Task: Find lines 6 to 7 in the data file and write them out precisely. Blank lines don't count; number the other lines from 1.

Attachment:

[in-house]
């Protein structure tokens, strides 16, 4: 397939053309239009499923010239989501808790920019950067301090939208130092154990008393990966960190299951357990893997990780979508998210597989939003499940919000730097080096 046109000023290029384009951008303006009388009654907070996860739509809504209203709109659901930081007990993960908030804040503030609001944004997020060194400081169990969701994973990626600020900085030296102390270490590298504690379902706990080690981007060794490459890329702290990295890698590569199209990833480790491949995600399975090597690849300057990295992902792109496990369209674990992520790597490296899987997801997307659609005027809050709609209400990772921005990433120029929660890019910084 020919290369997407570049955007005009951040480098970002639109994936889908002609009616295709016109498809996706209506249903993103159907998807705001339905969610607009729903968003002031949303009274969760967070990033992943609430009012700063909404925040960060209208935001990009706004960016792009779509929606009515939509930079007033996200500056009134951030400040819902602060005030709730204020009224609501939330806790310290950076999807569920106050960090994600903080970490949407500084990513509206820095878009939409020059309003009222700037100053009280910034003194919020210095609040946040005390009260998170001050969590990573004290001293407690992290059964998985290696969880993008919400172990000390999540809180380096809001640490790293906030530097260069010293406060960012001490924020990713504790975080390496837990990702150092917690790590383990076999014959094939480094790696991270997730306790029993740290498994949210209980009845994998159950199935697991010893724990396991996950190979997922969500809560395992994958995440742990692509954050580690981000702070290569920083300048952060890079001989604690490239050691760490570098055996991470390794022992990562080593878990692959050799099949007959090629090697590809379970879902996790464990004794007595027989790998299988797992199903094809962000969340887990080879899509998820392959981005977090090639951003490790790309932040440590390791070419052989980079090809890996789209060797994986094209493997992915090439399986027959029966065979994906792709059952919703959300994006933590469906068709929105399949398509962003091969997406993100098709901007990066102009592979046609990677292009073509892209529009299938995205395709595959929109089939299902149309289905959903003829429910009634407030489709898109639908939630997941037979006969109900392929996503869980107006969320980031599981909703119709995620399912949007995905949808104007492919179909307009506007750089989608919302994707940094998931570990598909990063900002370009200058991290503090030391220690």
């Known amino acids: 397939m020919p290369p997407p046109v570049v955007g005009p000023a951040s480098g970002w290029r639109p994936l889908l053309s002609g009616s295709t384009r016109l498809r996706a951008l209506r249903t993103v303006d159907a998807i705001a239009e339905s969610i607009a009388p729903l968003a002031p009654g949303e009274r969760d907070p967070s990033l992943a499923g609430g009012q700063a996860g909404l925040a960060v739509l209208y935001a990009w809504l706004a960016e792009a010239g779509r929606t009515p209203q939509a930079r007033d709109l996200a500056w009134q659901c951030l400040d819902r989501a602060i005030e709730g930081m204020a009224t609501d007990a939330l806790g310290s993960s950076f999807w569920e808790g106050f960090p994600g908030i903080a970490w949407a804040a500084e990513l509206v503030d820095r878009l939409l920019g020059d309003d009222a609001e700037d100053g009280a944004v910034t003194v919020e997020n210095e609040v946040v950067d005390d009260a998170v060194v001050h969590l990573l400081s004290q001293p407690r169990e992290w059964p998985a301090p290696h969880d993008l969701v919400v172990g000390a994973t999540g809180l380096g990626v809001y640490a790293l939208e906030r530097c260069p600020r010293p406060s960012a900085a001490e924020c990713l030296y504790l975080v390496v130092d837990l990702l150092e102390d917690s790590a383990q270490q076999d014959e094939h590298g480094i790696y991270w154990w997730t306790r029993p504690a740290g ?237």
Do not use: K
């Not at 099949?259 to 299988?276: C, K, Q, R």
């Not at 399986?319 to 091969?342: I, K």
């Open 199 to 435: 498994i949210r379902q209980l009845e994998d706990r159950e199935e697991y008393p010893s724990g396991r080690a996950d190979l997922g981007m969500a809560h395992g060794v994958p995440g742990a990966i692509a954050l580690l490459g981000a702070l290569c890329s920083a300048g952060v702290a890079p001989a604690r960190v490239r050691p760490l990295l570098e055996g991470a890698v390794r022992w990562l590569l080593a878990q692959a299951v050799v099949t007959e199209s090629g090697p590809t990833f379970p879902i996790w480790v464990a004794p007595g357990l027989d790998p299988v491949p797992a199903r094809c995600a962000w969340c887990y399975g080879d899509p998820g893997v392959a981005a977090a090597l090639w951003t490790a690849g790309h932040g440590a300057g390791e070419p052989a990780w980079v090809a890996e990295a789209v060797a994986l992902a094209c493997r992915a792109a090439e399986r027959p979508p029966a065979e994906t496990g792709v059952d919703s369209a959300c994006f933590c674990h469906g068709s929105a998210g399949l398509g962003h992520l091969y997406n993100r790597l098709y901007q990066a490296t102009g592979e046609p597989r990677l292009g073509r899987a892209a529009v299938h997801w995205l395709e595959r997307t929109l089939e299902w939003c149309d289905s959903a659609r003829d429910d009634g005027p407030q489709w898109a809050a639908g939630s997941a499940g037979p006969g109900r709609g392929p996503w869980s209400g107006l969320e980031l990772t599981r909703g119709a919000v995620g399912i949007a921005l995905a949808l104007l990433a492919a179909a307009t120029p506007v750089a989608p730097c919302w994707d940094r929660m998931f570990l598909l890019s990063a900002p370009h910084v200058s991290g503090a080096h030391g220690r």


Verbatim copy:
């Not at 399986?319 to 091969?342: I, K």
């Open 199 to 435: 498994i949210r379902q209980l009845e994998d706990r159950e199935e697991y008393p010893s724990g396991r080690a996950d190979l997922g981007m969500a809560h395992g060794v994958p995440g742990a990966i692509a954050l580690l490459g981000a702070l290569c890329s920083a300048g952060v702290a890079p001989a604690r960190v490239r050691p760490l990295l570098e055996g991470a890698v390794r022992w990562l590569l080593a878990q692959a299951v050799v099949t007959e199209s090629g090697p590809t990833f379970p879902i996790w480790v464990a004794p007595g357990l027989d790998p299988v491949p797992a199903r094809c995600a962000w969340c887990y399975g080879d899509p998820g893997v392959a981005a977090a090597l090639w951003t490790a690849g790309h932040g440590a300057g390791e070419p052989a990780w980079v090809a890996e990295a789209v060797a994986l992902a094209c493997r992915a792109a090439e399986r027959p979508p029966a065979e994906t496990g792709v059952d919703s369209a959300c994006f933590c674990h469906g068709s929105a998210g399949l398509g962003h992520l091969y997406n993100r790597l098709y901007q990066a490296t102009g592979e046609p597989r990677l292009g073509r899987a892209a529009v299938h997801w995205l395709e595959r997307t929109l089939e299902w939003c149309d289905s959903a659609r003829d429910d009634g005027p407030q489709w898109a809050a639908g939630s997941a499940g037979p006969g109900r709609g392929p996503w869980s209400g107006l969320e980031l990772t599981r909703g119709a919000v995620g399912i949007a921005l995905a949808l104007l990433a492919a179909a307009t120029p506007v750089a989608p730097c919302w994707d940094r929660m998931f570990l598909l890019s990063a900002p370009h910084v200058s991290g503090a080096h030391g220690r």